The third step is to choose a strategy to pay it off. I’m a big believer in killing off your debt before you do anything else. Even if the debt has a low interest rate, or it’s a loan from the bank of mum and dad. There’s a mental weight that comes along with owing money, and I firmly believe that unless you are completely on top of things in your world, you’re better off having a clean financial slate. The strategy I love most is the debt snowball. The idea is that you pay the minimum amount on all of your debts, and any leftover money that you have goes towards paying off the smallest debt you have. Once that smaller debt is paid off, you put the money that was going toward it, into paying off the next smallest debt. This way you get wins as you go. Paying off debt can feel very liberating. The debt snowball method has one major flaw. You need to take your interest rates into account. If you have a $5000 debt that has a 25% interest rate (wtf are you doing, that’s a ridiculous number), compared to a $3000 debt with a 5% interest rate, then you should be selling all your excess stuff, getting a second job and smashing that $5000 debt as fast as humanly possible. A different approach, known as the debt avalanche method, caters to this, as it has you organising your debt according to interest rates. You pay off the debt with the highest interest rate first. Both methods have merit, but I believe that the debt snowball, combined with a tiny splash of common sense, is much better as it gives you easier wins along the way.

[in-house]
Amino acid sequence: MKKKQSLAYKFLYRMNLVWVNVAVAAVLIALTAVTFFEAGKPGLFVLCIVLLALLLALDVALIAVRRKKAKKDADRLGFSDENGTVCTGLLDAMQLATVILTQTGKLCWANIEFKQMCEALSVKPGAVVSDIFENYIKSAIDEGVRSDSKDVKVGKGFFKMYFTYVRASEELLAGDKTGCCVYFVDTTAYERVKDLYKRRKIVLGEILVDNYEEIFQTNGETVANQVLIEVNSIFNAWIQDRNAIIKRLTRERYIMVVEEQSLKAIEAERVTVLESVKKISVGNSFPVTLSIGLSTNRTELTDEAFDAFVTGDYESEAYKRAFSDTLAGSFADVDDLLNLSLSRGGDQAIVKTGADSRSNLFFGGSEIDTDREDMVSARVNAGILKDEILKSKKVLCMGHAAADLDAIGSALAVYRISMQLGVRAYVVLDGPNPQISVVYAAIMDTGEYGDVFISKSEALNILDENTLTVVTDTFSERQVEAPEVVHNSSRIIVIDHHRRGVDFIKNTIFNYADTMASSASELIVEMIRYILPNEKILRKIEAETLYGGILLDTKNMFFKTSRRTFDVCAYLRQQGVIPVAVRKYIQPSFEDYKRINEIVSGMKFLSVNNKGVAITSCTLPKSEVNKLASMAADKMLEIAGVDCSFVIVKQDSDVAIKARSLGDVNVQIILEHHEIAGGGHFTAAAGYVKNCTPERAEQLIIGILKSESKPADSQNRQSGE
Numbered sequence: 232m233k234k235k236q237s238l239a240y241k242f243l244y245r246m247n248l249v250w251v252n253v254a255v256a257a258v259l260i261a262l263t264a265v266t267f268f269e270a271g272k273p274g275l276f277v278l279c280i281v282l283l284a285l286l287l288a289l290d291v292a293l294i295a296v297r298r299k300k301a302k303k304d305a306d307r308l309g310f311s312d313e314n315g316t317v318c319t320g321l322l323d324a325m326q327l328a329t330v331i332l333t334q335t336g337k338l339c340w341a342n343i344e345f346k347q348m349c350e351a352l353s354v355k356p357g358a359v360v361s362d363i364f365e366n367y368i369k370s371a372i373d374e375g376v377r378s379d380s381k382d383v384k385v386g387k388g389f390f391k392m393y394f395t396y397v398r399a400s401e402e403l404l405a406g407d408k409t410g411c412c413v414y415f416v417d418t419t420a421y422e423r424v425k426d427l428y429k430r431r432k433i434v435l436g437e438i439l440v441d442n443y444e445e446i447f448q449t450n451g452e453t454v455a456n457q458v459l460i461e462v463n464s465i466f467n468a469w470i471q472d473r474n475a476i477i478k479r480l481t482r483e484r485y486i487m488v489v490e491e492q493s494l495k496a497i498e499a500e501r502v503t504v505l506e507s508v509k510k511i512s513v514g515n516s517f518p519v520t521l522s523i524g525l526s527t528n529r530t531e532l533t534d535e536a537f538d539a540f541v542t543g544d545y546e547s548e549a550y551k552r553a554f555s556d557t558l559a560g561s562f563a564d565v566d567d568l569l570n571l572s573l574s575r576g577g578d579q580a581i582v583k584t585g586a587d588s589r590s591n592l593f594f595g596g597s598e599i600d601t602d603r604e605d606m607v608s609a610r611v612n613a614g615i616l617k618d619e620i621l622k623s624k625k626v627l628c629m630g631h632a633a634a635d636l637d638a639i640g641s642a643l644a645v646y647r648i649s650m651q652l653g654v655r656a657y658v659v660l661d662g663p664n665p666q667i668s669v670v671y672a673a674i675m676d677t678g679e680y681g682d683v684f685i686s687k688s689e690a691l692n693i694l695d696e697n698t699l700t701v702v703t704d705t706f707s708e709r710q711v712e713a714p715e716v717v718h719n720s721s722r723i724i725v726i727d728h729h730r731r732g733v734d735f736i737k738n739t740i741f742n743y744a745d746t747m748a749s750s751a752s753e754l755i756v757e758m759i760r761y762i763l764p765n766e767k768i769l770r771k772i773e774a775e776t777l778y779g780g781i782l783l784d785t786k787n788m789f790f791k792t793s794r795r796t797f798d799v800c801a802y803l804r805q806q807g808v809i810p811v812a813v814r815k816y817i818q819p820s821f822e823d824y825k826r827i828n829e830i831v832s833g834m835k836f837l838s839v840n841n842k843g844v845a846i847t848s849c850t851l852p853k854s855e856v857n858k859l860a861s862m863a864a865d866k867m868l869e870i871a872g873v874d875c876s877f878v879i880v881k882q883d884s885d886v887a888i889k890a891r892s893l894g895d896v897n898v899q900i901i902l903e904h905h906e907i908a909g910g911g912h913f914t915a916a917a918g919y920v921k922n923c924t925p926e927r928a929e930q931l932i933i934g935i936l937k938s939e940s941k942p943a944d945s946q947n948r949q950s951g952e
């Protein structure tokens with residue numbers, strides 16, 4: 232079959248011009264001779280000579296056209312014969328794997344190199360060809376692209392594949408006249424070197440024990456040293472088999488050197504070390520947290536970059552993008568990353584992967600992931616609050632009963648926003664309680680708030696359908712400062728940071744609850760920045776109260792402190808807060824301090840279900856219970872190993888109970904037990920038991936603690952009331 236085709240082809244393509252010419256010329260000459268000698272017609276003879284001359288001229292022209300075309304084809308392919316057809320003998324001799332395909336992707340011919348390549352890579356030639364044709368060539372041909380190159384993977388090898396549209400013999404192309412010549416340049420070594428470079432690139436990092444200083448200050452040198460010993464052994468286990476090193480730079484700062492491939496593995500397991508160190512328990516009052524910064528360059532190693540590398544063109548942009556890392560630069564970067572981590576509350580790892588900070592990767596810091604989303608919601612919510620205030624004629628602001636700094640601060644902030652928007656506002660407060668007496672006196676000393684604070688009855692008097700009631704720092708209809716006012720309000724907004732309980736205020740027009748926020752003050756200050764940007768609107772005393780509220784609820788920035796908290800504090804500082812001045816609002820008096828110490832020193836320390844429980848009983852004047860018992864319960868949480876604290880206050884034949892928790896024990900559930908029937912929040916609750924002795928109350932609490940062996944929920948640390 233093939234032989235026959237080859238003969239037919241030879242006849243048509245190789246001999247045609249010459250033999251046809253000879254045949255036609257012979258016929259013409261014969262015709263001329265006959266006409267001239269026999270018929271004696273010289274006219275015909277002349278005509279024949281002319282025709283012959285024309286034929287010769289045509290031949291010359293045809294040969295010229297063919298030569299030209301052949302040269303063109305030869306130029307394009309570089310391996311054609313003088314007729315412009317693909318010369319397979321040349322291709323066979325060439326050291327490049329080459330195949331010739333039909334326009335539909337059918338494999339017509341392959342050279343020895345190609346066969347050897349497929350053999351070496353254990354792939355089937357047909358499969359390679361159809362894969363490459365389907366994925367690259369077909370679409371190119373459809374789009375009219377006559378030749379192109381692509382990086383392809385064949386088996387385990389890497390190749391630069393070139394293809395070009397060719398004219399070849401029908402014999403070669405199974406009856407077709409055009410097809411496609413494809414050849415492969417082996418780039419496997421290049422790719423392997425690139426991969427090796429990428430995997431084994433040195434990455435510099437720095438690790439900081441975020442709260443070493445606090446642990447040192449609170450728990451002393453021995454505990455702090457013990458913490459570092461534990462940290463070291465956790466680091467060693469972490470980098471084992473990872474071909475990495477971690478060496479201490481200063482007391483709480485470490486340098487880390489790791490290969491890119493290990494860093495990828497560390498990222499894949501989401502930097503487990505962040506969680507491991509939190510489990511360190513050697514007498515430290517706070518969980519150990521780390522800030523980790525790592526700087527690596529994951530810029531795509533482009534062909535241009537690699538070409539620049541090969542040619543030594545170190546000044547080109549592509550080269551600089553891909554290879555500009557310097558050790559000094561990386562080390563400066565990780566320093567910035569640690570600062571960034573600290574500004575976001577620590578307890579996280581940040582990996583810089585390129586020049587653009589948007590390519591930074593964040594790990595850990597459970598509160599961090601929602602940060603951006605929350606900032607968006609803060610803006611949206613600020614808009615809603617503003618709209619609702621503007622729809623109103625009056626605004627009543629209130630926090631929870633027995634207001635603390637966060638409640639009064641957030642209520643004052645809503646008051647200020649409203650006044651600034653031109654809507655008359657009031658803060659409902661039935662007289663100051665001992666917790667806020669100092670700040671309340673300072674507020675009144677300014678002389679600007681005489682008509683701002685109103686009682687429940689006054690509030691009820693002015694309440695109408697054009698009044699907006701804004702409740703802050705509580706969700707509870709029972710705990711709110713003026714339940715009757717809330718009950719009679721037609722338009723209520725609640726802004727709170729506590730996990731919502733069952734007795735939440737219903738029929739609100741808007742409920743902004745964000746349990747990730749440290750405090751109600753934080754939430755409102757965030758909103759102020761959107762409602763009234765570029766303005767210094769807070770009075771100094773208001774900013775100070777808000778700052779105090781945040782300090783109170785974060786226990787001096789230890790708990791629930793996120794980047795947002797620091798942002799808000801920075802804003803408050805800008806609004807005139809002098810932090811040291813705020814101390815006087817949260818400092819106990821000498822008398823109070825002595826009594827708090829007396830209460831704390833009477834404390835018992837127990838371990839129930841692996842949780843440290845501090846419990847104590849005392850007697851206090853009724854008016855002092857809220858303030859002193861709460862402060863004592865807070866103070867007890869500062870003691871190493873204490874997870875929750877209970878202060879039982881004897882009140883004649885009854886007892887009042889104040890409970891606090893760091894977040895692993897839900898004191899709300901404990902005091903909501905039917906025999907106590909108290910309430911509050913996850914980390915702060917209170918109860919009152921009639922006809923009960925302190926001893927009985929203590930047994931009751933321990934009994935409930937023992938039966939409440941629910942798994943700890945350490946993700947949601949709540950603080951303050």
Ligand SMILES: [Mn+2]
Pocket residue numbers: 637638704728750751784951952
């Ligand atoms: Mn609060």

Of course, if you only have one or two large debts, these methods aren’t very helpful. Let’s say you have a HELP (HECS) debt, and a mortgage. In this situation, it’s time to make sure you understand the terms of your mortgage, and do some calculations to see how fast you could pay your debt off if you cut down on your spending. Every single pay-rise you get should be immediately pumped into paying down your debt. Every tax return, and every end of year bonus.

I think that for most people, it’s not that it’s too difficult, or that they can’t do it. It’s more that getting finances on track can be a slippery thing. We intend to take steps to resolve issues, but we procrastinate and put it off. Currently, I’m trying to persuade my partner to help me do our taxes. When I mention it, one of us inevitably suggests a vague time in the future. When that time comes around, the laundry needs doing, the floor needs mopping and we suddenly find ourselves inspired to tackle a million small projects. It would take us an hour, but for some reason that hour is grown into an unbearable monster that we don’t want to think about.

But, if we sat down now, and just churned it out, the monster would be gone. If you have out of control debt, you could sit down right now, write it out and get on a better path. Think of how amazing it would be to not have debt, or to be able to finally fulfill a long standing dream. It can quite literally start with just a paper and a pen. Of course, that’s after you do the laundry.